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Revolution in teaching key subjects gains momentum

Press release issued: 4 December 2009

National and international efforts to increase the supply of scientists, technologists, engineers and mathematicians are receiving a major boost from the University of Bristol.

Fostering expertise in so-called STEM subjects (science, technology, engineering and mathematics) is seen by the UK government and other countries as essential to economic well-being and the resolution of some of the world’s great challenges.  

In partnership with e-learning consultancy and product developer Learning Science Ltd, Bristol University has already introduced fresh ways of teaching laboratory skills to A-level and university chemistry students. Now a similar approach is being rolled out for undergraduates in physiology, pharmacology, anatomy and biochemistry.

Bristol University’s initiative exemplifies how universities are using their intellectual capital to create new enterprises and diversify their income sources in increasingly straitened times.   

The developments at Bristol began when the University was designated by the Higher Education Funding Council for England (HEFCE) as a UK Centre for Excellence in Teaching and Learning (CETL) in chemistry. As part of its £5 million award, the University’s School of Chemistry established Bristol ChemLabS – Bristol Chemical Laboratory Sciences.

Central to the ChemLabS vision has been the development, with Learning Science Ltd, of the web-based Dynamic Laboratory Manual – complete with inbuilt, online assessments – to support undergraduates before and during their experiments. Students can access a range of sophisticated simulations and videos to build their confidence and ensure they are well placed to make the best use of their laboratory time.

Now Bristol has introduced LabSkills – a Dynamic Laboratory Manual for A-level chemistry classes. Its use in schools is being promoted by the Royal Society of Chemistry (RSC). It is also being made freely available to over 1,500 postgraduate student teachers as part of an initiative called Discover Chemistry – a project managed by the RSC, with financial backing from Pfizer, to support chemistry in the UK.

Furthermore, a specially adapted version of LabSkills is soon to be launched for individual A-level students and marketed via Amazon. A film introducing LabSkills is available on YouTube.

Professor Nick Norman, Chief Executive of Bristol ChemLabS, said: “The response from other universities and from schools to the development of these online tools has exceeded our expectations.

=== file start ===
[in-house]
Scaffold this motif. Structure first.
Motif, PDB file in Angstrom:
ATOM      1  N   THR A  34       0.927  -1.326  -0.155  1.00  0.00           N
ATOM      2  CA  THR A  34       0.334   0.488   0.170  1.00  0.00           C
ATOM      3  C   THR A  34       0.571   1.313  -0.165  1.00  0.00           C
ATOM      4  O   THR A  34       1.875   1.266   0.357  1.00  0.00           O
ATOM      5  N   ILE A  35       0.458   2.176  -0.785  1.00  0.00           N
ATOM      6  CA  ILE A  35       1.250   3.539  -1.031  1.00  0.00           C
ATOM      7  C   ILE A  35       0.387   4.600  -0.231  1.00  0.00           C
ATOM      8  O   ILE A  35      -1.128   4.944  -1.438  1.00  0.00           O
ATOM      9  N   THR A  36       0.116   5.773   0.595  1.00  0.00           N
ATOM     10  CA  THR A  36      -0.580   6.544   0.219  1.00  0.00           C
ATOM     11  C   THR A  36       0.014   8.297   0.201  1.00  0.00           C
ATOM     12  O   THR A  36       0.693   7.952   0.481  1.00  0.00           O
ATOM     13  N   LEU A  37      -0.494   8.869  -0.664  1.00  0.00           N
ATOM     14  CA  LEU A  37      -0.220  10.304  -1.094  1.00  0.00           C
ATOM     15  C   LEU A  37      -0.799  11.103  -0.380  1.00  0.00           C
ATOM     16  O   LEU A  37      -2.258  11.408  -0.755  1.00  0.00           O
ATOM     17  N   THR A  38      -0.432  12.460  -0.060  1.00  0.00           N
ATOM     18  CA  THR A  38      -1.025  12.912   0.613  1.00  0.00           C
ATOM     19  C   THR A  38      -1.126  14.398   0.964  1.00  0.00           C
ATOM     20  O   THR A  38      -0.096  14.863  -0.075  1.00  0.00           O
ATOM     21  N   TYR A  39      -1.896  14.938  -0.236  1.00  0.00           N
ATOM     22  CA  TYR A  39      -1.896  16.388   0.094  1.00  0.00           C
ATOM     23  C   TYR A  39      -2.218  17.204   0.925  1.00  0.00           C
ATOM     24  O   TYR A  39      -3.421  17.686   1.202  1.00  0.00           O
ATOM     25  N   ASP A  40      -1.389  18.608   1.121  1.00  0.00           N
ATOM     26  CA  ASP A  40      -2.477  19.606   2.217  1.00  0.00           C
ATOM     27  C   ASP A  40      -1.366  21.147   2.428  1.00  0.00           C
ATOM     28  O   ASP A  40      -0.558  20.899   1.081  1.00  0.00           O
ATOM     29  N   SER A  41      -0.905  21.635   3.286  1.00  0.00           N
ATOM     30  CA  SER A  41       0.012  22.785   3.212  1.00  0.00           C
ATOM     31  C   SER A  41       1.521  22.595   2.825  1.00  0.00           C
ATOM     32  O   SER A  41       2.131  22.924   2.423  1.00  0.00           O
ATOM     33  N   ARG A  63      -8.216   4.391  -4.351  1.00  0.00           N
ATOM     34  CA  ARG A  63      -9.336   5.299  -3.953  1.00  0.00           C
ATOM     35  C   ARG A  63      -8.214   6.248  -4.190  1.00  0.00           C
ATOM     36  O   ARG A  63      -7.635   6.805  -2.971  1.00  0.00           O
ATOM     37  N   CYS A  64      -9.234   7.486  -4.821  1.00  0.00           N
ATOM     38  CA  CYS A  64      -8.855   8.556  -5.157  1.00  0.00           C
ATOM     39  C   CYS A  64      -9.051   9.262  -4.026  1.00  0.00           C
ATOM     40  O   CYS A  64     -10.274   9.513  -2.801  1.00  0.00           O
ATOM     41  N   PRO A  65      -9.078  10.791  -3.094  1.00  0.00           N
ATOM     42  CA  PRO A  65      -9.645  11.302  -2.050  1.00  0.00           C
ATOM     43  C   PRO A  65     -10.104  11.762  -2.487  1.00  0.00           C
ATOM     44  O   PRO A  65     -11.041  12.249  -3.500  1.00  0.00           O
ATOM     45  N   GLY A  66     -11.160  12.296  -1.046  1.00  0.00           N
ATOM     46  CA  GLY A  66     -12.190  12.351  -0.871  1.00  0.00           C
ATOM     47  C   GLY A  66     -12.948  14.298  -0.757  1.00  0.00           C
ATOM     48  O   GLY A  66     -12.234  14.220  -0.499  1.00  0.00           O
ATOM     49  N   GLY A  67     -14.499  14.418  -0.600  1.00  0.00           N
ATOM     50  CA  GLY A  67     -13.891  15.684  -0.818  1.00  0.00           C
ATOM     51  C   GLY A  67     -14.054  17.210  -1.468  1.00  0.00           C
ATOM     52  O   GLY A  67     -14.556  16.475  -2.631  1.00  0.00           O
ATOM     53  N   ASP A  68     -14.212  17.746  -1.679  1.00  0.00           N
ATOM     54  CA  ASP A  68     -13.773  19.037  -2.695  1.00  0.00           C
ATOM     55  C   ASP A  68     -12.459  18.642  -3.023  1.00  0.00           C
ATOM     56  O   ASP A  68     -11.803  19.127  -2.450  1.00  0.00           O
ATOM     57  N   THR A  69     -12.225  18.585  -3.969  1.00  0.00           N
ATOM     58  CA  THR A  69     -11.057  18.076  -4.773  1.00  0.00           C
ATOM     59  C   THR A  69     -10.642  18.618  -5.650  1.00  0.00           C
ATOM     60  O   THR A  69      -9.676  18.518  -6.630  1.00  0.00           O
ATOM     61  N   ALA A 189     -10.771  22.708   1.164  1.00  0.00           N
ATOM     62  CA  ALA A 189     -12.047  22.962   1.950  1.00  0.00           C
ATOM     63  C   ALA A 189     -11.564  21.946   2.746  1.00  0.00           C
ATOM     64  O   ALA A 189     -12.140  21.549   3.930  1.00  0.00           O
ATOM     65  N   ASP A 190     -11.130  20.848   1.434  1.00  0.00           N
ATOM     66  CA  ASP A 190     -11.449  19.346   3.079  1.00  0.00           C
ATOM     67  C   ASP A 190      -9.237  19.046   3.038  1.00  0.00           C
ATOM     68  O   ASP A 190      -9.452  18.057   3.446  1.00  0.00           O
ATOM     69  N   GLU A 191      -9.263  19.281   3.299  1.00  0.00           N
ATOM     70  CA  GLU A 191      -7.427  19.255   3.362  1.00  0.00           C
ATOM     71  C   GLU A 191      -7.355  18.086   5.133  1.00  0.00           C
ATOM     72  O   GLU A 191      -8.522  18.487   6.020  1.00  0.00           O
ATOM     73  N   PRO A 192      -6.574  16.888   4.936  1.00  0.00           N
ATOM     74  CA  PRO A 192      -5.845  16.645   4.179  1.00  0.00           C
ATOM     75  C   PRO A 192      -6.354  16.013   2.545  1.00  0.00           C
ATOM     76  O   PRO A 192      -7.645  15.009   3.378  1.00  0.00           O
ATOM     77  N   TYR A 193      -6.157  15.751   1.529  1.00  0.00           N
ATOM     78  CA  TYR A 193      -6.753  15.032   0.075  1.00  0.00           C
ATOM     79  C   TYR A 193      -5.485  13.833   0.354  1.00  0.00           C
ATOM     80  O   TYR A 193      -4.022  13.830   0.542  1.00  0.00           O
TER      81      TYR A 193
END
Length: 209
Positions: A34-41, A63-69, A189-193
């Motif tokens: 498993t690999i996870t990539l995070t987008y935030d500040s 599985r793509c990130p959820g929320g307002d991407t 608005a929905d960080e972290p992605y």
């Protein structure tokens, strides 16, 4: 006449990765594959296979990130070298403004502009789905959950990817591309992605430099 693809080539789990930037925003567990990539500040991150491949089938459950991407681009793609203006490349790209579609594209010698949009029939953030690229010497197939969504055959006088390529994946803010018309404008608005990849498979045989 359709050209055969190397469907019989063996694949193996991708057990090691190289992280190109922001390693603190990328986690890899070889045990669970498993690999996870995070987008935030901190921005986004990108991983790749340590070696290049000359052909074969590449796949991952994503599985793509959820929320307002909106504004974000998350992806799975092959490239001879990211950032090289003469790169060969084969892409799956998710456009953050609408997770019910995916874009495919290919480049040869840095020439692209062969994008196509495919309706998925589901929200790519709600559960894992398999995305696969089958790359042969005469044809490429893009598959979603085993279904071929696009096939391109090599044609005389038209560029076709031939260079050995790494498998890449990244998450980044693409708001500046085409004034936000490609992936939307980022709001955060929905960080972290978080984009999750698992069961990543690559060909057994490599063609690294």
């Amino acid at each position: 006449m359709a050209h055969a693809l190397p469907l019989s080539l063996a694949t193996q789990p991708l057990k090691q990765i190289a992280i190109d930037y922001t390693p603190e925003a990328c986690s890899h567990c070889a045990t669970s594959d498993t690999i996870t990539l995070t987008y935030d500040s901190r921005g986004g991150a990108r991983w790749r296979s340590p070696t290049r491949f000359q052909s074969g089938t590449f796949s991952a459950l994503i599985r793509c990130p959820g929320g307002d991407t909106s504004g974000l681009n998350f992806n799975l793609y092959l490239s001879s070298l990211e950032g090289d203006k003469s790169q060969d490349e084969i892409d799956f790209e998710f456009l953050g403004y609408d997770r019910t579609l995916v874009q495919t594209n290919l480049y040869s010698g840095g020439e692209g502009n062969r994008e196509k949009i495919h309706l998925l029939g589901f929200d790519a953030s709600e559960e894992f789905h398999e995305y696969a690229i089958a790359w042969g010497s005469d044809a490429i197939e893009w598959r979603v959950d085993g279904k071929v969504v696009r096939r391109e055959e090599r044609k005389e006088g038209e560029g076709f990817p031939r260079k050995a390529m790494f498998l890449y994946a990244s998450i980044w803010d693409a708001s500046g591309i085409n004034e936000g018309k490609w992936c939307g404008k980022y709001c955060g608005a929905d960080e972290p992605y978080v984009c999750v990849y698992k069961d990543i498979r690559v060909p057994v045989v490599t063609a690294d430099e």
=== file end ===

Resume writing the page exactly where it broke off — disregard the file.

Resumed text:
“It is clear there’s a huge demand from university lecturers, A-level teachers and ambitious students at both levels for a readily-accessible, engaging and safe means of helping to develop essential laboratory skills.”

Bristol is also home to AIMS – Applied and Integrated Medical Sciences. This is the University’s other, £5 million, HEFCE-funded CETL. AIMS has already introduced a web-based virtual microscope to support learning and teaching in histology, the principle of which could be applied across other laboratory-based subjects.

AIMS is now creating other web-based tools, similar to those embedded in the ChemLabS DLM, for developing undergraduate skills in physiology, pharmacology and anatomy, as well as CD-ROMs to support GCSE-level dissection classes.

The AIMS developments follow on from work undertaken by Bristol’s biochemists. The JISC-funded eBioLabs project has created an online version of an undergraduate bioscience laboratory that allows students to practice skills before they perform the experiment for real. Versions for A-level students are set to follow. A guided tour of eBioLabs is available on YouTube.

The extension into the life sciences of these innovative approaches to the development of laboratory-based skills is highly topical given the strategic importance attached by the recently established government Office for Life Sciences to fostering practical skills among UK life-science graduates. 

Professor Eric Thomas, Vice-Chancellor at Bristol, said: “The potential market for these products worldwide is enormous. Any financial return on the University’s investment of time and talent would be more than welcome.

“More importantly, we are helping schools, colleges and universities nurture skills on which the UK and the wider world will increasingly depend.”

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